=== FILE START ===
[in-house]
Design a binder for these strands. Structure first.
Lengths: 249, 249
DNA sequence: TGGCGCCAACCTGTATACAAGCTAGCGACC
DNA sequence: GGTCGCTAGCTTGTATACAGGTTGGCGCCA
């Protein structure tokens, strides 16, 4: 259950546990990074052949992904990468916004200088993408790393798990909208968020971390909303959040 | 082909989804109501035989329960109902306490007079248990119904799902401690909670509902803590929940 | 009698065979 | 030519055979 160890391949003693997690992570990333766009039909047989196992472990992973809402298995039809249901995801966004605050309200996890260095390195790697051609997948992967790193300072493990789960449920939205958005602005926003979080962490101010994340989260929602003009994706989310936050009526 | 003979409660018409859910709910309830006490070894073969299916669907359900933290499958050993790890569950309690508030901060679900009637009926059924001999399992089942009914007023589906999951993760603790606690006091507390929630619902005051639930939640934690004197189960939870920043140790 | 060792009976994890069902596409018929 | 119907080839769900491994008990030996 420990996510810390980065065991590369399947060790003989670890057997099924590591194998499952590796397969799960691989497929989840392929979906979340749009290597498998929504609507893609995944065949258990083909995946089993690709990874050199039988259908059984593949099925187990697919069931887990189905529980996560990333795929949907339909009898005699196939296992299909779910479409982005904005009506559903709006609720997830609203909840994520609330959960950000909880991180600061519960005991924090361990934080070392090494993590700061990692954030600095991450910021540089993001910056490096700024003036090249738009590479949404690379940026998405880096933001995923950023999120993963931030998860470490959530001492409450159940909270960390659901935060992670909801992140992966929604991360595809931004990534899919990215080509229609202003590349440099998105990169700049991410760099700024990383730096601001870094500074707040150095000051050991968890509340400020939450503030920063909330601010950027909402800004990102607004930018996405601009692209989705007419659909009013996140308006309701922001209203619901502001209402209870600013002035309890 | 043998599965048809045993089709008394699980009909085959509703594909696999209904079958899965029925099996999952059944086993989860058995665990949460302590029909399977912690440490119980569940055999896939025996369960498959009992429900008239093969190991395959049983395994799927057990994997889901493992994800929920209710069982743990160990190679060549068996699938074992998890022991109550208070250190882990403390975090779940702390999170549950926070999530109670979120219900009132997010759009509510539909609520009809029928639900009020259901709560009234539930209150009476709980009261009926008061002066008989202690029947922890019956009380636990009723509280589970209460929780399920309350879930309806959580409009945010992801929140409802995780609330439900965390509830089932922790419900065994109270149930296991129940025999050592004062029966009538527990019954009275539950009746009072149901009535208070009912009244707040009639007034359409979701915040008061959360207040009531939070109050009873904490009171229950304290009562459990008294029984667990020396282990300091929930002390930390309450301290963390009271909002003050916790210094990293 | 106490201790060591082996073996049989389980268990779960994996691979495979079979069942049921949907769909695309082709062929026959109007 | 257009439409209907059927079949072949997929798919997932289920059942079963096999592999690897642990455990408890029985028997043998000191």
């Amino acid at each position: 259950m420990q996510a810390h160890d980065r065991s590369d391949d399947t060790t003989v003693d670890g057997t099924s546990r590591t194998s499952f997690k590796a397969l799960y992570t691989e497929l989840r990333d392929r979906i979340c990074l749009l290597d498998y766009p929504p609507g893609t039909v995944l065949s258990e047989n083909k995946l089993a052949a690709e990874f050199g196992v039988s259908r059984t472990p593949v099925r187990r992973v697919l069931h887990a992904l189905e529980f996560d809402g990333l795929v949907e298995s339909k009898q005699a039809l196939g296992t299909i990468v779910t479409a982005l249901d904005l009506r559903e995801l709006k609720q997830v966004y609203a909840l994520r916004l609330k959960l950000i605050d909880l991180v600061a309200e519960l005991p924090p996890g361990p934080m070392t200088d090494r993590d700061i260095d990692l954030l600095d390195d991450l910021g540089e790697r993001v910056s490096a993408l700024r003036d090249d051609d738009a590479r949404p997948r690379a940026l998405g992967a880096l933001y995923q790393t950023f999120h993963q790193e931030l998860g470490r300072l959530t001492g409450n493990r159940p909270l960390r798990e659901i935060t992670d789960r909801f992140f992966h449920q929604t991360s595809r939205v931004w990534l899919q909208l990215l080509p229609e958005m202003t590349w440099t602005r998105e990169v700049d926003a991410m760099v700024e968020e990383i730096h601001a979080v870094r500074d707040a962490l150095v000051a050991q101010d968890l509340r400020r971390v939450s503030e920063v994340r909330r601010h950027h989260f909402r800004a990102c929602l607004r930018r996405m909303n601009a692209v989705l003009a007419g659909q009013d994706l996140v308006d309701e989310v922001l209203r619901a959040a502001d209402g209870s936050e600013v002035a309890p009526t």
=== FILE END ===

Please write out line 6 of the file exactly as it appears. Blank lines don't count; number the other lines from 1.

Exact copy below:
């Protein structure tokens, strides 16, 4: 259950546990990074052949992904990468916004200088993408790393798990909208968020971390909303959040 | 082909989804109501035989329960109902306490007079248990119904799902401690909670509902803590929940 | 009698065979 | 030519055979 160890391949003693997690992570990333766009039909047989196992472990992973809402298995039809249901995801966004605050309200996890260095390195790697051609997948992967790193300072493990789960449920939205958005602005926003979080962490101010994340989260929602003009994706989310936050009526 | 003979409660018409859910709910309830006490070894073969299916669907359900933290499958050993790890569950309690508030901060679900009637009926059924001999399992089942009914007023589906999951993760603790606690006091507390929630619902005051639930939640934690004197189960939870920043140790 | 060792009976994890069902596409018929 | 119907080839769900491994008990030996 420990996510810390980065065991590369399947060790003989670890057997099924590591194998499952590796397969799960691989497929989840392929979906979340749009290597498998929504609507893609995944065949258990083909995946089993690709990874050199039988259908059984593949099925187990697919069931887990189905529980996560990333795929949907339909009898005699196939296992299909779910479409982005904005009506559903709006609720997830609203909840994520609330959960950000909880991180600061519960005991924090361990934080070392090494993590700061990692954030600095991450910021540089993001910056490096700024003036090249738009590479949404690379940026998405880096933001995923950023999120993963931030998860470490959530001492409450159940909270960390659901935060992670909801992140992966929604991360595809931004990534899919990215080509229609202003590349440099998105990169700049991410760099700024990383730096601001870094500074707040150095000051050991968890509340400020939450503030920063909330601010950027909402800004990102607004930018996405601009692209989705007419659909009013996140308006309701922001209203619901502001209402209870600013002035309890 | 043998599965048809045993089709008394699980009909085959509703594909696999209904079958899965029925099996999952059944086993989860058995665990949460302590029909399977912690440490119980569940055999896939025996369960498959009992429900008239093969190991395959049983395994799927057990994997889901493992994800929920209710069982743990160990190679060549068996699938074992998890022991109550208070250190882990403390975090779940702390999170549950926070999530109670979120219900009132997010759009509510539909609520009809029928639900009020259901709560009234539930209150009476709980009261009926008061002066008989202690029947922890019956009380636990009723509280589970209460929780399920309350879930309806959580409009945010992801929140409802995780609330439900965390509830089932922790419900065994109270149930296991129940025999050592004062029966009538527990019954009275539950009746009072149901009535208070009912009244707040009639007034359409979701915040008061959360207040009531939070109050009873904490009171229950304290009562459990008294029984667990020396282990300091929930002390930390309450301290963390009271909002003050916790210094990293 | 106490201790060591082996073996049989389980268990779960994996691979495979079979069942049921949907769909695309082709062929026959109007 | 257009439409209907059927079949072949997929798919997932289920059942079963096999592999690897642990455990408890029985028997043998000191």